All across the nation, in 'hoods everywhere, there are a million and one stories ... and this is one of them. There are a lot of people who would lead you to believe that lowriding breeds gang bangers, thugs, and general chaos. Unfortunately, those same people will never look for or tell you stories of how lowriding has changed peoples' lives in a positive way. But we will. When we took a trip to Tulare, California, to visit Joe's Auto Works we knew we were going to visit a talented painter. What we didn't know was that we were going to get an inspirational story-one that we wanted to share with you, our readers.
Joe's childhood started out well enough. Born in El Monte, California, Joe soon moved to Woodlake and started hanging out at lowrider painters Jesse Medrano and Martin Mesa's paint shop. They were the only ones in town painting lowrider cars, and that was something he wanted to be a part of.
Joe was a regular fixture every day, running errands for them, all the while soaking up their painting style and techniques. The paint jobs that Joe saw come out of the shops inspired him. Seeing them roll down the street and the attention they drew made Joe want to be a part of that. He wanted to be able to paint his own cars and his friends' cars, but at that time, as a teenager, he had other things tugging at him. The call of the streets become stronger and stronger and for a while Joe succumb to them. Like the poorest areas in L.A., Chi Town, and New York City, the scourge of drugs, prostitution, and robbery surround them. Goshen, California, made the draw to street life inevitable.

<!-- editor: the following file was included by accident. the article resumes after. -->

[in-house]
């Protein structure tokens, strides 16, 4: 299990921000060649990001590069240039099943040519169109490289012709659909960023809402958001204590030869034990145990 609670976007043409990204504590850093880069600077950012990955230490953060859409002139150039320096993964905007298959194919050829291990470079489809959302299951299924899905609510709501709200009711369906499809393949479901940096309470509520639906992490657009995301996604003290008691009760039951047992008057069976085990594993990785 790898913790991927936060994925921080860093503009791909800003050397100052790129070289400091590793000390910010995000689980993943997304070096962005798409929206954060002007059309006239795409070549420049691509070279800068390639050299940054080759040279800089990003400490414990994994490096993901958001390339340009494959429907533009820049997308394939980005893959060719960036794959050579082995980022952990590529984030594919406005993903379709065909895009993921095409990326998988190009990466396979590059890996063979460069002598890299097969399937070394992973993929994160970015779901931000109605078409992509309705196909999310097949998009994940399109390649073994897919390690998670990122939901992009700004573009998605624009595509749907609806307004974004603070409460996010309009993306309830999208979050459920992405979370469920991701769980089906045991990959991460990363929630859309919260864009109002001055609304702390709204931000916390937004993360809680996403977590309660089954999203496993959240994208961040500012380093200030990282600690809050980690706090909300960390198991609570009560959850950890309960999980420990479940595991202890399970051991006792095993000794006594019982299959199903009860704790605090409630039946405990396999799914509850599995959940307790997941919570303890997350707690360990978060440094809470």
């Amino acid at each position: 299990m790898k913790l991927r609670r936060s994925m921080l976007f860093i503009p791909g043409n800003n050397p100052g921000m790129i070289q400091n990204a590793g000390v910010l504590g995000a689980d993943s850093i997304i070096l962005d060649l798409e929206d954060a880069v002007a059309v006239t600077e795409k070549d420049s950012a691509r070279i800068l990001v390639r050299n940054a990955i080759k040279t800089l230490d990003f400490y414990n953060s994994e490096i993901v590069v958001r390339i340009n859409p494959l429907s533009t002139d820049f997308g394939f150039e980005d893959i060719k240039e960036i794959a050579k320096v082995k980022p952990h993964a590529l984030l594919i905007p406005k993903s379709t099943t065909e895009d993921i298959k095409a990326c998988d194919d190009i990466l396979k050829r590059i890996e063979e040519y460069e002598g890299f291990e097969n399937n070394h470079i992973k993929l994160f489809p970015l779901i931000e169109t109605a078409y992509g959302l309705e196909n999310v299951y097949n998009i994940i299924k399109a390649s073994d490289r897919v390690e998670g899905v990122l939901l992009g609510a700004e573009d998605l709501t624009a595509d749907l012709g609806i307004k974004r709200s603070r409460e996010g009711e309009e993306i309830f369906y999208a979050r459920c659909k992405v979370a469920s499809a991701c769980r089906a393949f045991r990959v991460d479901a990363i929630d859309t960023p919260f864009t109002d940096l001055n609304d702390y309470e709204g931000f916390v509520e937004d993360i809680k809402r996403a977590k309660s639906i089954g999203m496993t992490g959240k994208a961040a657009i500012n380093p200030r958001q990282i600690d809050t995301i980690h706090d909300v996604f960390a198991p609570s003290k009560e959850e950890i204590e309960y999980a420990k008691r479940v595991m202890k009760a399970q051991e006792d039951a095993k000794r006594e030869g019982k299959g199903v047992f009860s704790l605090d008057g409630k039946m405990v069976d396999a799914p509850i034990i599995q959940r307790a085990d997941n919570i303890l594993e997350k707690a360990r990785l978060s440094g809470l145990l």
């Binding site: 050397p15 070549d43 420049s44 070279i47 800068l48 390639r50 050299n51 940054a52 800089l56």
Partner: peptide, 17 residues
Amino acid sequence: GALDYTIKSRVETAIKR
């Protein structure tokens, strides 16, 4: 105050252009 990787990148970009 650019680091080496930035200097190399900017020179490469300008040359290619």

It was the birth of his first child that was the spark that Joe needed to start turning things around. He got his GED and went to an autobody and paint trade school to learn the correct techniques. Joe probably could've just picked up painting techniques in the streets but his decision to go to school speaks to the dedication that he had for his craft. With the proper education he learned things like collision work, which for any body shop is the bread and butter. He wanted to be able to do it all and do it well. He worked at numerous shops, hanging out with better people and getting his act together. He would pull many 16-hour days in an effort to perfect his craft and have money to save. A number of years passed and Joe, in general, felt unappreciated and realized he would never get rich working for someone else. He also had a deep desire to work on lowrider cars, the very thing that got him into painting in the first place. So Joe took the savings he had accumulated and went out on his own. In 2004 he opened Joe's Auto Works in Tulare, California.
After being our cover car (June '08), Trino Alfaro and his "Cherry 64" wanted to redo the car, frame off. Joe was tapped as the man to make it happen and he went to work creating one of his finest masterpieces to date. The frame alone was quite impressive, and the finished product debuted at our Portland show with rave reviews. Joe did a few touch ups and then went to work on his patterns. What emerged was a masterpiece. Joe's patterns have that old-school flair of his heroes growing up and he incorporated quite a few paint tricks of his own in Cherry's build. Joe is looking to do many more top-notch cars in the near future. He wants to build cars that will live in lowrider history as pieces of rolling art.
He's also looking down the road and wants to retire at age 40. Since he's opened his shop, or been painting for that matter, he hasn't had the chance to build a car of his own. Being able to paint his own car was the very reason he got into painting to begin with. So when he retires he wants to build his own cars, in addition to a few select customers.
In the meantime, it's full-steam ahead for a guy who made good and is doing some mean old-school paint jobs right now. His legacy will live on forever in the pages of magazines as well as in his paint jobs, but for now Joe's living proof that good things come out of the 'hood and lowriding.